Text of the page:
'I feel in danger': Fears over safety at night grow ahead of Ramadan after Bristol stabbings

  • People in Bristol talk to ITV News' Verity Wishart about their safety fears ahead of Ramadan

A meeting has been held in Easton ahead of Ramadan to address concerns about the safety of people at night following recent stabbings in Bristol.

Community leaders came together with representatives from Avon & Somerset Police and Bristol City Council to attend the meeting at Easton Community Centre on Thursday 7 March.

It comes as four murder investigations have been launched in East Bristol since June last year.

Mohammed Kaise is a youth worker who has lost a friend to knife crime and says he doesn't feel safe on the streets.

He said: "You never know what can happen to you, you know, with what's going on in the last couple of months.

"I do feel in danger all the time.

"It's going to be an ongoing problem. If we don't tackle it now, more people are going to die."

Said Mohamed Burale says parents fear their children wont come home.

Said Mohamed Burale, Vice-Chair of Bristol Somali Forum, was one of those who attended.

He said: "There is always a worry about the knife crime, it can happen to anyone.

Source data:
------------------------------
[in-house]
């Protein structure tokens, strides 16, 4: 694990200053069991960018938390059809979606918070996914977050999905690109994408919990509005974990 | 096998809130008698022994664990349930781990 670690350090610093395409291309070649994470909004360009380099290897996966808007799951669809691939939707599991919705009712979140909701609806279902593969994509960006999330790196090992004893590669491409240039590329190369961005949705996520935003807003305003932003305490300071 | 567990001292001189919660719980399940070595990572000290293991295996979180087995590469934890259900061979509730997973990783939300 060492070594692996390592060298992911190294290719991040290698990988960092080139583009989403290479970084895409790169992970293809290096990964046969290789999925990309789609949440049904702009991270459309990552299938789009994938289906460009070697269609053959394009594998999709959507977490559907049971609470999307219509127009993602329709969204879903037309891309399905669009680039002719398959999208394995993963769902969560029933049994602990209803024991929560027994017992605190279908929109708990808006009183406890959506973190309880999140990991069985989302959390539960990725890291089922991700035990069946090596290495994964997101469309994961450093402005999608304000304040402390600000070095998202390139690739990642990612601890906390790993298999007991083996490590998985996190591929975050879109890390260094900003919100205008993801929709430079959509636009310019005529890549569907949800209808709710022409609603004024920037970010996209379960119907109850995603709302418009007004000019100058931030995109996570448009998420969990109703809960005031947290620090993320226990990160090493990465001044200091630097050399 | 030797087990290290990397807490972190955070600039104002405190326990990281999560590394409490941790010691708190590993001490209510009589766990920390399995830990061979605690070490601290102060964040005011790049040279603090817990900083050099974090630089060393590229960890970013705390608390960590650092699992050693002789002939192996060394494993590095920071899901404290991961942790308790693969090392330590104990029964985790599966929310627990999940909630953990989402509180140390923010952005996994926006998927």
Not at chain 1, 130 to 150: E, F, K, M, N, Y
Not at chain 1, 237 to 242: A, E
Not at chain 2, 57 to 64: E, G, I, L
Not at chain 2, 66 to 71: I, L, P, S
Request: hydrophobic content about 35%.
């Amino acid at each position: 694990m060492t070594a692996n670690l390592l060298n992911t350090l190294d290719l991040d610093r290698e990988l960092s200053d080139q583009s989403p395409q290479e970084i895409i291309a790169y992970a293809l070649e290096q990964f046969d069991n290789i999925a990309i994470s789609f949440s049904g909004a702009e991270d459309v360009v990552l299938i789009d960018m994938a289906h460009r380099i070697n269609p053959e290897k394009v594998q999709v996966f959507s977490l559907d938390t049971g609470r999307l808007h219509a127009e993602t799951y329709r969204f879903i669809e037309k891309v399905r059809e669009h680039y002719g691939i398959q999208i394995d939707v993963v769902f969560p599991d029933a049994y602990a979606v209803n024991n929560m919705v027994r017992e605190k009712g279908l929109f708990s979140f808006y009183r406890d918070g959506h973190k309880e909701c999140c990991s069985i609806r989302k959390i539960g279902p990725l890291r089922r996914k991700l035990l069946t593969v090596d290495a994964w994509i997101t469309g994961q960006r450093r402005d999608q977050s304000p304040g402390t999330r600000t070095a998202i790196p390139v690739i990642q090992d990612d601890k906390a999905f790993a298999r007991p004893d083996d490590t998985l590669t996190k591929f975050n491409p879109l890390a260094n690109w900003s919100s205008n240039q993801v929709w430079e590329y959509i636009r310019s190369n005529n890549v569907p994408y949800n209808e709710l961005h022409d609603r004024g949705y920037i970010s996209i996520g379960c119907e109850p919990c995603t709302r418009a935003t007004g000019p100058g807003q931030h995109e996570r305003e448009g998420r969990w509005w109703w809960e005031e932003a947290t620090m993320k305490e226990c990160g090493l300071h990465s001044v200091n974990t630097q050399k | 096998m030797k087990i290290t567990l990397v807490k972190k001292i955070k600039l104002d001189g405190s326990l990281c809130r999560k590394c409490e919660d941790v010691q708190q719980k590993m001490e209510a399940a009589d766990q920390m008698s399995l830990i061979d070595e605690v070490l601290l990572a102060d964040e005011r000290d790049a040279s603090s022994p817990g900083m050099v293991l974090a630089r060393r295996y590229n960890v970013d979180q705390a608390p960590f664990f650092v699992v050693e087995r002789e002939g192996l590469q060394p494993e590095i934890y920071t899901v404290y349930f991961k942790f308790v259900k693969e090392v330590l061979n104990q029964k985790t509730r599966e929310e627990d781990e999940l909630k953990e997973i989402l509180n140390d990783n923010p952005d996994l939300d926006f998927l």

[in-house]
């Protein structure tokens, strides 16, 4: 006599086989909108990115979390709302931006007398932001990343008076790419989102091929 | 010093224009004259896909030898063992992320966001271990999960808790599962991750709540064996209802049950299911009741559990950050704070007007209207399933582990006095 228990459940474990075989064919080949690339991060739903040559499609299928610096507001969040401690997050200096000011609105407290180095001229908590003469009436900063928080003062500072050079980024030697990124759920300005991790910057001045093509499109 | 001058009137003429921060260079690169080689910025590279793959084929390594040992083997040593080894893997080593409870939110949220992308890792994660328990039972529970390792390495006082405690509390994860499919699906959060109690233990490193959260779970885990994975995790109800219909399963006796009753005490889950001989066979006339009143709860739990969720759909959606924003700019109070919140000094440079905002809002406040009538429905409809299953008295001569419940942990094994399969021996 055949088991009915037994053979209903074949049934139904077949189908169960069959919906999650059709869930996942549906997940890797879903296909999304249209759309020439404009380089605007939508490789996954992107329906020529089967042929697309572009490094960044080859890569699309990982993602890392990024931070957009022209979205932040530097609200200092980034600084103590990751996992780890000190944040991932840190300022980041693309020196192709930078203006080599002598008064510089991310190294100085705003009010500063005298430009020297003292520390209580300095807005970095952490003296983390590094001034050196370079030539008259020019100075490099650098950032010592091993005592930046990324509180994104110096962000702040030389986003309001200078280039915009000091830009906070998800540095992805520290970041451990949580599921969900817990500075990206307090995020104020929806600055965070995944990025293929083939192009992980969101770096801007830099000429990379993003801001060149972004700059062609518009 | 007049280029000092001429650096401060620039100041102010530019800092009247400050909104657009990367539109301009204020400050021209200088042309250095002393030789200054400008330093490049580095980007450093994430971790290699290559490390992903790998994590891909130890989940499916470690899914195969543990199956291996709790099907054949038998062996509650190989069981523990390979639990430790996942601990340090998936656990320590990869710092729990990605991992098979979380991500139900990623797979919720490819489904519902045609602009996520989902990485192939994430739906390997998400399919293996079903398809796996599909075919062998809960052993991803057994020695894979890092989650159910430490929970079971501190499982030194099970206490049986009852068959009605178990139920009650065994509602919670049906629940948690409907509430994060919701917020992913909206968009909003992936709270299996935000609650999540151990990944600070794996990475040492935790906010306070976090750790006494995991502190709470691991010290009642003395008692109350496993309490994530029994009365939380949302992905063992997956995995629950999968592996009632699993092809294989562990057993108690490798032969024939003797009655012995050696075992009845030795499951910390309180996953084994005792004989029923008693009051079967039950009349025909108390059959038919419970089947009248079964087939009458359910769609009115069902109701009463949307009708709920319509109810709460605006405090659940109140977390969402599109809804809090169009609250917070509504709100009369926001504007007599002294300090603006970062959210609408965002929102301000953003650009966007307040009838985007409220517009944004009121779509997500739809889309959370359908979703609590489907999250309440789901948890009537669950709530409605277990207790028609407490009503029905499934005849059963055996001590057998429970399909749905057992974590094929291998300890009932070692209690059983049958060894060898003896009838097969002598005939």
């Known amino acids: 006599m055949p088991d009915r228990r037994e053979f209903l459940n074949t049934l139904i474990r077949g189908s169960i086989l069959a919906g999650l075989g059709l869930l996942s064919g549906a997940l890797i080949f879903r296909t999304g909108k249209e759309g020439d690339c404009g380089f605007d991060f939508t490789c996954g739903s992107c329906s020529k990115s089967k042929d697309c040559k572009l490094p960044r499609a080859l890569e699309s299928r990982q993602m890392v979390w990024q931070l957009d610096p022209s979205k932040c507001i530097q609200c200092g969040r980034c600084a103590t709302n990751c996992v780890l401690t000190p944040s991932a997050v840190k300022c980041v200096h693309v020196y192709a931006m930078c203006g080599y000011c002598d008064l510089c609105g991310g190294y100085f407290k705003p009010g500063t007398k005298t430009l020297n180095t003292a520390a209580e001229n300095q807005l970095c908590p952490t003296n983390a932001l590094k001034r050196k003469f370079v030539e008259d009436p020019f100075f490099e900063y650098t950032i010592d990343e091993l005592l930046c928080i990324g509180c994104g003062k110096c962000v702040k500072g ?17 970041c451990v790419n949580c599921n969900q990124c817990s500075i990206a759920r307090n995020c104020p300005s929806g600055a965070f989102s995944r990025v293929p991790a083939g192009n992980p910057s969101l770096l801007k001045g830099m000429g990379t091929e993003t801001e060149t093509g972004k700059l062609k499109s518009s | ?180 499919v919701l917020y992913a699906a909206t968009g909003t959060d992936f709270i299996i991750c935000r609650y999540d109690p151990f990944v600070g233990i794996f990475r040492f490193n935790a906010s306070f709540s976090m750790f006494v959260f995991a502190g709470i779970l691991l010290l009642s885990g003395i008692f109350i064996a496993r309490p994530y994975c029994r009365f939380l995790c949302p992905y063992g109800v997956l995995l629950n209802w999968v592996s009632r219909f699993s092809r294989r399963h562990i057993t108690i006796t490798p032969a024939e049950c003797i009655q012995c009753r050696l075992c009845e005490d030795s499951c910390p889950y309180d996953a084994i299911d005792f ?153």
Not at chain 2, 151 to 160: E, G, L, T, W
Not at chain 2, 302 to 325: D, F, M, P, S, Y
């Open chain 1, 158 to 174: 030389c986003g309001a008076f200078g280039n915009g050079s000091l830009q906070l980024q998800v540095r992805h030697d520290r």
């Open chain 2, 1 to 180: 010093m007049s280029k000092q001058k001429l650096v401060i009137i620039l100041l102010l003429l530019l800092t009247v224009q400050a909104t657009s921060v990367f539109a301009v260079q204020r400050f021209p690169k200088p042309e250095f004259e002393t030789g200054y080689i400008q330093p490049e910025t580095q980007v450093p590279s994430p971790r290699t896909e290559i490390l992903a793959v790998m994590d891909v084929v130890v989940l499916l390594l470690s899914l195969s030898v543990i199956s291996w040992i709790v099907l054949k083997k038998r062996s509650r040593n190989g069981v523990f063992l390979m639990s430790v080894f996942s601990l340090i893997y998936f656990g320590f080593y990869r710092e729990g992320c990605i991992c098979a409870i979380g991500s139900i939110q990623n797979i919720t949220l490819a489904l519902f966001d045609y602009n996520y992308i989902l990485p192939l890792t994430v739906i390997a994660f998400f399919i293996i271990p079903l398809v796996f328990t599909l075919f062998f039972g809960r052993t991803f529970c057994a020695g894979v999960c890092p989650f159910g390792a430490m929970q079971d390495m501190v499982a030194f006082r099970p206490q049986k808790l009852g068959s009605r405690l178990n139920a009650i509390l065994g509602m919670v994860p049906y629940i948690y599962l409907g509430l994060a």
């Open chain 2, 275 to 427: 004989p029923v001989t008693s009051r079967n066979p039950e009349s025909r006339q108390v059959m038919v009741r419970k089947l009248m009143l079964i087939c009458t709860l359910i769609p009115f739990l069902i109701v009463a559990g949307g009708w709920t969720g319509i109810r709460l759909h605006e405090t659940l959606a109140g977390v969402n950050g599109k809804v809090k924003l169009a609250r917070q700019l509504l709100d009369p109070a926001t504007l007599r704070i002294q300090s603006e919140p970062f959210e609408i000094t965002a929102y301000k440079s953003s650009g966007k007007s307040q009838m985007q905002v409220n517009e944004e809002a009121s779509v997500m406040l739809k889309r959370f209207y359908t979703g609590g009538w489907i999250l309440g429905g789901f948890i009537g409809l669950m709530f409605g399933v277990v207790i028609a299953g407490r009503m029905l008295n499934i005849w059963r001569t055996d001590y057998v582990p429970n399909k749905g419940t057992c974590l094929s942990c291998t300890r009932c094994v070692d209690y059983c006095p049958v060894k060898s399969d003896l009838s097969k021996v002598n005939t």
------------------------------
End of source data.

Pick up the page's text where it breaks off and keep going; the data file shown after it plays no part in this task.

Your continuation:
"As a community leader, as a father, a parent and as a member of the community we have concern about what's going and where can we get help."

With Ramadan starting on March 10, Mohamed A Sayaqle, Chair of Bristol Somali Youth Voice, told ITV News West Country there are concerns regarding the safety of young people returning from prayers late at night.

He said: "A lot of young people from ethnic minority backgrounds, especially from Muslim backgrounds will be coming out late in the evening for prayer.

"They will hang out outside the mosque before they go to their homes."

Mohamed A Sayaqle, Chair of Bristol Somali Youth Voice organised the meeting on Thursday 7 March.

According to the Office for National Statistics a black person is four times more likely to die from knife crime than a white person.

"Young people are losing their lives, others are going to prison, week in, week out - and it worries everyone", said Mohamed.

Superintendent Mark Runacres, from Avon and Somerset Police, said the force is working with Muslim communities to understand concerns.

He said: "It's a really important time of year for the Muslim community, we understand that, lots of people coming together particularly late in the evenings, large numbers in those localities around the mosques.

"We want to engage with those people, make them feel connected with the police, reassured and safe."

Mohammed says it will take a combined approach to address the issue.

He said: "Communities should take a role, parents should take a role - we have to do things early to save lives and save young people who are the future of our city."